Darkestrah - Official Website


Germany Country of Origin: Germany

1. Journey Through Blue Nothingness
2. Kök-Oy
3. Nomad
4. Destroyer Of Obstacles
5. Quest For The Soul
6. The Dream Of Kojojash
7. A Dream That Omens Death

Review by Felix on February 18, 2024.

Darkestrah, well, I had read this name from time to time, but I never really took notice of the formation. A few days ago, I decided to lend an ear to Nomad, due to whatever reason. Now what can I say? This is certainly fascinating stuff. The band is located in Germany, but the music does not sound Teutonic in any way. No surprise, because its members were born in Iran and Kyrgyzstan. However, they have also implemented themselves a tiny piece of the German soul. Their broad and large-scale melodies and dramatic sequences breathe the Wagnerian spirit. Nomad delivers epic opulence in combination with authentic heaviness. Valkyries do not show up, but I would not be surprised if they did.

The quintet also features some Eastern influences. The promo calls them Central Asian melodies and who am I to know it better? But believe me, these elements do not prevail. First and foremost, this is a black metal output. Sometimes its material sounds to me like music Dimmu Borgir should have recorded after “In Sorte Diaboli” instead of getting lost in cheese. But don’t let us speak about broken ex-heroes. In its best moments, Nomad creates absolutely enchanting tones which reflect melancholy, despair, triumph or the inevitability of personal destiny. The title track, for instance, holds some linear, strict parts that flatten the crusted soil immediately, but there are also melodies that flirt with the listener in an irresistible manner. Unfortunately the vocals-dominated part which sets in after five minutes does not have the same overwhelming impact like the first five and the last two minutes. Anyway, this is a track that makes an enormous statement. By the way, there are four tracks with a length of eight minutes or more and all of them boast with substance, ideas and verve. This five-piece, that much is clear, does not lack courage, individuality or spiritual roots. And I must mention the band’s dedication. No doubt, it marks a massive factor on Nomad.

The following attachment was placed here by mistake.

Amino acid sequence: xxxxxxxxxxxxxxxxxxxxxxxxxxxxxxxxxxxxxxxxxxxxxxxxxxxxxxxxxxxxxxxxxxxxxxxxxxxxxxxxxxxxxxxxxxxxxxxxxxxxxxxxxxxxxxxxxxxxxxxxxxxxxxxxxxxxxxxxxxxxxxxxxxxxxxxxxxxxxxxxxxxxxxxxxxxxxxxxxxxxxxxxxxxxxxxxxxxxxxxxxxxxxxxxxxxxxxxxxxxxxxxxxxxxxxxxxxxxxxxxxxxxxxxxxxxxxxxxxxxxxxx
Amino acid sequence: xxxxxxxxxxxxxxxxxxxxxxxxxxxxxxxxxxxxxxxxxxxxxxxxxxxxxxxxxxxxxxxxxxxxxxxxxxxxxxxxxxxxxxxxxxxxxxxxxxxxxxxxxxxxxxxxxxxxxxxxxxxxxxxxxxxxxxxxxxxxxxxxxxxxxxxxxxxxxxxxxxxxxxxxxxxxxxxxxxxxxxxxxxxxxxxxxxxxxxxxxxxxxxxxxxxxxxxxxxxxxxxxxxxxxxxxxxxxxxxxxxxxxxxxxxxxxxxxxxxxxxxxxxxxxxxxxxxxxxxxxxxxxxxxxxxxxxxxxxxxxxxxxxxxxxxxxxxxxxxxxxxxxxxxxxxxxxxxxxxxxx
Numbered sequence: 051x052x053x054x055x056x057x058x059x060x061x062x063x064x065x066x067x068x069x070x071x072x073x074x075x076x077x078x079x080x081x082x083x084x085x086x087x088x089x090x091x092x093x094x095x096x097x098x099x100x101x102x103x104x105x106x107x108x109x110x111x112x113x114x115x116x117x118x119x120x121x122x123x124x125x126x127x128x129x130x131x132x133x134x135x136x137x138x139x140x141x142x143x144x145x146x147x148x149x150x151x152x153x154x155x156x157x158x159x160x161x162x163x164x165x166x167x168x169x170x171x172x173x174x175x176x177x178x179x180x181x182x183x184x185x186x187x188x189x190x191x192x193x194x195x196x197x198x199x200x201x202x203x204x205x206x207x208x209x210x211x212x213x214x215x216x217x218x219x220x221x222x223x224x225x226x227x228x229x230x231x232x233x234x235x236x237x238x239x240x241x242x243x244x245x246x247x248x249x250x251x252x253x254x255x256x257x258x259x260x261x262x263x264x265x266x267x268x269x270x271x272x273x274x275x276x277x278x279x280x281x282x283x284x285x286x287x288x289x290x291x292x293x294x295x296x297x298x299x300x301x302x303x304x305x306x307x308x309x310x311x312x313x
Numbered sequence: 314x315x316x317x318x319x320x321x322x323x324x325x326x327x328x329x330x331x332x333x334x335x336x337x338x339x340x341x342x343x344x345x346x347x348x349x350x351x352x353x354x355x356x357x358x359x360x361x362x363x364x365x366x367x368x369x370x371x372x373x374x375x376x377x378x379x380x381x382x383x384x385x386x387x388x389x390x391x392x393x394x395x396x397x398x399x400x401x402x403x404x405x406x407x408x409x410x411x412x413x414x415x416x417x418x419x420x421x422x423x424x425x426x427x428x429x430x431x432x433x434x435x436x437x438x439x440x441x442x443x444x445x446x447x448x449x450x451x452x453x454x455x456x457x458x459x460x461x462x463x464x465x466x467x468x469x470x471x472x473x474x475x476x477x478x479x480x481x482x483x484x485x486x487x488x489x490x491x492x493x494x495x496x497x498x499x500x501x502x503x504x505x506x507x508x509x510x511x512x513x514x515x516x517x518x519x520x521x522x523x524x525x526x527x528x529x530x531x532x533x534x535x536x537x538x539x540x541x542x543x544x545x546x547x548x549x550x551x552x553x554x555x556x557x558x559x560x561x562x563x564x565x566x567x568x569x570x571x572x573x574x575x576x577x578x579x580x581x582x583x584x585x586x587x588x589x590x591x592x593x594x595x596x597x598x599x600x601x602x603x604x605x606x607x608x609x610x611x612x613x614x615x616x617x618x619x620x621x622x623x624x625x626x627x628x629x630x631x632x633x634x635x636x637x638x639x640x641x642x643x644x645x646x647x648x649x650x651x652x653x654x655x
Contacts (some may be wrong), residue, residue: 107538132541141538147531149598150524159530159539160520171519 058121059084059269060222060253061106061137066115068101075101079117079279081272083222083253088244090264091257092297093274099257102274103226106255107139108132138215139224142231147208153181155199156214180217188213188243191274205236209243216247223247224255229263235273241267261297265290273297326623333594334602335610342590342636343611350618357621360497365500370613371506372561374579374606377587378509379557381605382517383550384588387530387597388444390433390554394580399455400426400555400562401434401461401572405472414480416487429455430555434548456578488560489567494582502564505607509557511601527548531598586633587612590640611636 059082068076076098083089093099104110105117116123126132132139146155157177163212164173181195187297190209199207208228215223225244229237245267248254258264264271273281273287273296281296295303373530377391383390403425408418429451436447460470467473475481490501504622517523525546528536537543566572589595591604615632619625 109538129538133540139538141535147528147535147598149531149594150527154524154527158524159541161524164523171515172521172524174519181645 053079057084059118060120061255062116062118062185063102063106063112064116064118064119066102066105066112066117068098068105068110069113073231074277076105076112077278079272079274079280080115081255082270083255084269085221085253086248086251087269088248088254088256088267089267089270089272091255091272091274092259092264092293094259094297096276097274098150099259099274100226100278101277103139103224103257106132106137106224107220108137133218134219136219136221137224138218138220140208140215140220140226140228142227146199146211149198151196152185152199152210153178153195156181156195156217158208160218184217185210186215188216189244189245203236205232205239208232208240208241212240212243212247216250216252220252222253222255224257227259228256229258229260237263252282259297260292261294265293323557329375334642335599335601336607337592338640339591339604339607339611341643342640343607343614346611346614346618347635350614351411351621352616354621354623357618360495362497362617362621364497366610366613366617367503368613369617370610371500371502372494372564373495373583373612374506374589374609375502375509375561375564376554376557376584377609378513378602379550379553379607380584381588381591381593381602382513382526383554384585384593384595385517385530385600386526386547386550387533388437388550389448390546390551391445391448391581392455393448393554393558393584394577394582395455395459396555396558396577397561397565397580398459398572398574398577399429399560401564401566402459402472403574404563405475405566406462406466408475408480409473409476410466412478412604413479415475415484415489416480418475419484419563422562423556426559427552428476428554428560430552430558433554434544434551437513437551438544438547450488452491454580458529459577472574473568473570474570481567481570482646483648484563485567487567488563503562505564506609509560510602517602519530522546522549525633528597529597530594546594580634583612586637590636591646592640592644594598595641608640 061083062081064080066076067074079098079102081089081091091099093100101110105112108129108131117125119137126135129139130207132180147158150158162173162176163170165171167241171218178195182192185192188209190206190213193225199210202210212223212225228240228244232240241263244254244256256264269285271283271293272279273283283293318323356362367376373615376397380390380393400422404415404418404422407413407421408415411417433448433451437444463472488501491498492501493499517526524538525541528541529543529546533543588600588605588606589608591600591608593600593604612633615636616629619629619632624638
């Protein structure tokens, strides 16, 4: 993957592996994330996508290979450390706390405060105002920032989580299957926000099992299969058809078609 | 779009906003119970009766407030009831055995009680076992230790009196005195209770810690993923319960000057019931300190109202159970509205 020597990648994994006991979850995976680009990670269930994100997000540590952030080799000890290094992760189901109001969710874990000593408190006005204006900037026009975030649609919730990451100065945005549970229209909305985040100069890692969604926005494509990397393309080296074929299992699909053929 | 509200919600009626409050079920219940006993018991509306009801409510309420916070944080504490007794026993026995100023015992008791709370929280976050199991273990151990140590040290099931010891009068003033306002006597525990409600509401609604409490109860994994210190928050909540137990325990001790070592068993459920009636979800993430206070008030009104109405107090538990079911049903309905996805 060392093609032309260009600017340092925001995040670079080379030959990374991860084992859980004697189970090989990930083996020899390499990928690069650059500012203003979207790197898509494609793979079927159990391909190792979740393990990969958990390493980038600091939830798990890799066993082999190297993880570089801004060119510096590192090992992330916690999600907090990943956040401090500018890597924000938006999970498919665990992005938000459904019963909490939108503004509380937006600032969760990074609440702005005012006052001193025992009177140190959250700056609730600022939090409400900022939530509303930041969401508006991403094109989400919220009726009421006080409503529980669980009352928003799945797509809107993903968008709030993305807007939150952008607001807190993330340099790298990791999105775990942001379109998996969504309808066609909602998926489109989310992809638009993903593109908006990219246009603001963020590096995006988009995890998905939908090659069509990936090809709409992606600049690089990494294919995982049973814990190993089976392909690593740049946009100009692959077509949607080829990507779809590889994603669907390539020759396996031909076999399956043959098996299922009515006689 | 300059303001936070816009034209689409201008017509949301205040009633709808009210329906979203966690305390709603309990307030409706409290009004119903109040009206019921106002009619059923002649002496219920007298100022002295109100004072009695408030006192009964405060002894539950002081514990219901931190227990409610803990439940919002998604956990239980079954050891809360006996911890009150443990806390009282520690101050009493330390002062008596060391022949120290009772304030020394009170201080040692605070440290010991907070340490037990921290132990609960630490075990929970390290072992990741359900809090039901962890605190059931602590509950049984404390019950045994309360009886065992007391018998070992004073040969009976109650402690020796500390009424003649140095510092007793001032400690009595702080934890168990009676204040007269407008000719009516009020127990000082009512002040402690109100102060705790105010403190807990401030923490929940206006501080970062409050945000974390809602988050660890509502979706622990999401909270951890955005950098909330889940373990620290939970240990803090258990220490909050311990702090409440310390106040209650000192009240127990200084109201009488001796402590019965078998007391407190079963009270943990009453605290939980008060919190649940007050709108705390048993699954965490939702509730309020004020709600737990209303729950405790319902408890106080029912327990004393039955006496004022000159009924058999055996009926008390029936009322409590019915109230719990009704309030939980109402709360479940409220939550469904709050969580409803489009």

Speaking of massive things, I come to the production directly. Very picky people may call it slightly synthetic. Indeed, it is no raw mix, but the sound distinguishes itself by depth and balance. Despite the density that the instrumental section creates, the (not very) female yet absolutely fervent, variable and powerful vocals do not fall by the wayside. And even Skyclad's violin, which has apparently lost its way, is given its rightful place in the overall work, as are the jew's harps. Finally, the important interplay of keyboard carpets and furious guitars, supported by mighty drums, is also perfectly realized in the sound. Thus, we enjoy competently offered outbursts of overflowing emotions as well as wistful parts which touch the atmosphere of Sabbat’s criminally underrated farewell album “Mourning Has Broken”.

Of course, Darkestrah don't manage to square the circle either, but it's still worthy of honor how they create an absolutely homogeneous, almost monolithic album that doesn't do without fantastically placed breaks. Just listen to the one which occurs after 3:30 minutes in 'Quest For The Soul'. It gives the song an enticing new aroma without hurting its general atmosphere or flow. This is simply great and in view of all these superb details it almost hurts me to say that the five minutes called 'The Dream Of Kojojash' cannot compete with the majestic monuments. It doesn’t matter. Nomad is an excellent full-length and, from my point of view, a big surprise. With albums such as this the scene will never die and those who don’t like its musical content should ask themselves whether they are actually in the right place in this scene.

Rating: 8.7 out of 10